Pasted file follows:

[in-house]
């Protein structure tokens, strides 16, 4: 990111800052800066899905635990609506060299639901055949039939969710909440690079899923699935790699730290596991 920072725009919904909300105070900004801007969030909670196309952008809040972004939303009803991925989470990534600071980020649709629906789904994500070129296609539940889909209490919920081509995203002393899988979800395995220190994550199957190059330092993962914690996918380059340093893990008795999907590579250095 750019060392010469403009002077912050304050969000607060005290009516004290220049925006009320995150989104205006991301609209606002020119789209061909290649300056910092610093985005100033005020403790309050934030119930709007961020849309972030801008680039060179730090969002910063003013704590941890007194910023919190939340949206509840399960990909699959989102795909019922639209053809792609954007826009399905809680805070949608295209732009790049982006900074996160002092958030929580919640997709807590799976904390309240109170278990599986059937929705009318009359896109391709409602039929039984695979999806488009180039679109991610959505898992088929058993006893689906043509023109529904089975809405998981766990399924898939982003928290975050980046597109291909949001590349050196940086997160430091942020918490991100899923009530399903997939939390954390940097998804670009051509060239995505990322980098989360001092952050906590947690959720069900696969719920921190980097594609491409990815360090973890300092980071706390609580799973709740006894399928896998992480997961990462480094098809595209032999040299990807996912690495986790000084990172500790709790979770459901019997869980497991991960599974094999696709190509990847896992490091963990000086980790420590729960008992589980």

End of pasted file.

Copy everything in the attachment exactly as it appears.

[in-house]
């Protein structure tokens, strides 16, 4: 990111800052800066899905635990609506060299639901055949039939969710909440690079899923699935790699730290596991 920072725009919904909300105070900004801007969030909670196309952008809040972004939303009803991925989470990534600071980020649709629906789904994500070129296609539940889909209490919920081509995203002393899988979800395995220190994550199957190059330092993962914690996918380059340093893990008795999907590579250095 750019060392010469403009002077912050304050969000607060005290009516004290220049925006009320995150989104205006991301609209606002020119789209061909290649300056910092610093985005100033005020403790309050934030119930709007961020849309972030801008680039060179730090969002910063003013704590941890007194910023919190939340949206509840399960990909699959989102795909019922639209053809792609954007826009399905809680805070949608295209732009790049982006900074996160002092958030929580919640997709807590799976904390309240109170278990599986059937929705009318009359896109391709409602039929039984695979999806488009180039679109991610959505898992088929058993006893689906043509023109529904089975809405998981766990399924898939982003928290975050980046597109291909949001590349050196940086997160430091942020918490991100899923009530399903997939939390954390940097998804670009051509060239995505990322980098989360001092952050906590947690959720069900696969719920921190980097594609491409990815360090973890300092980071706390609580799973709740006894399928896998992480997961990462480094098809595209032999040299990807996912690495986790000084990172500790709790979770459901019997869980497991991960599974094999696709190509990847896992490091963990000086980790420590729960008992589980």